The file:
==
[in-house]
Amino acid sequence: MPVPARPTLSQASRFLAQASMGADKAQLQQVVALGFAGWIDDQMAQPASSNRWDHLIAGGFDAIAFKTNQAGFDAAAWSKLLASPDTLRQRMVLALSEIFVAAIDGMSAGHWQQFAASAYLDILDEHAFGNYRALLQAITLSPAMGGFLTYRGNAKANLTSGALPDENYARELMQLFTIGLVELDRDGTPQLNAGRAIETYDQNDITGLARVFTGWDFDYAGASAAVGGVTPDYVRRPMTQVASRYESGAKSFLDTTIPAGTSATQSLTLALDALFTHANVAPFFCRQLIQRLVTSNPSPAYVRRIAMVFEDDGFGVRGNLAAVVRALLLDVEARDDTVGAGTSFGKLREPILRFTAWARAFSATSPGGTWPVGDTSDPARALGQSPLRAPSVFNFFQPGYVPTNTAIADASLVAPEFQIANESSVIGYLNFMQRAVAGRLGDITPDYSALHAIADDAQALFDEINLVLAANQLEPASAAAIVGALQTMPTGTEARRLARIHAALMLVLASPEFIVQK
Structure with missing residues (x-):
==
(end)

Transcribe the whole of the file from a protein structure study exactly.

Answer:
[in-house]
Amino acid sequence: MPVPARPTLSQASRFLAQASMGADKAQLQQVVALGFAGWIDDQMAQPASSNRWDHLIAGGFDAIAFKTNQAGFDAAAWSKLLASPDTLRQRMVLALSEIFVAAIDGMSAGHWQQFAASAYLDILDEHAFGNYRALLQAITLSPAMGGFLTYRGNAKANLTSGALPDENYARELMQLFTIGLVELDRDGTPQLNAGRAIETYDQNDITGLARVFTGWDFDYAGASAAVGGVTPDYVRRPMTQVASRYESGAKSFLDTTIPAGTSATQSLTLALDALFTHANVAPFFCRQLIQRLVTSNPSPAYVRRIAMVFEDDGFGVRGNLAAVVRALLLDVEARDDTVGAGTSFGKLREPILRFTAWARAFSATSPGGTWPVGDTSDPARALGQSPLRAPSVFNFFQPGYVPTNTAIADASLVAPEFQIANESSVIGYLNFMQRAVAGRLGDITPDYSALHAIADDAQALFDEINLVLAANQLEPASAAAIVGALQTMPTGTEARRLARIHAALMLVLASPEFIVQK
Structure with missing residues (x-):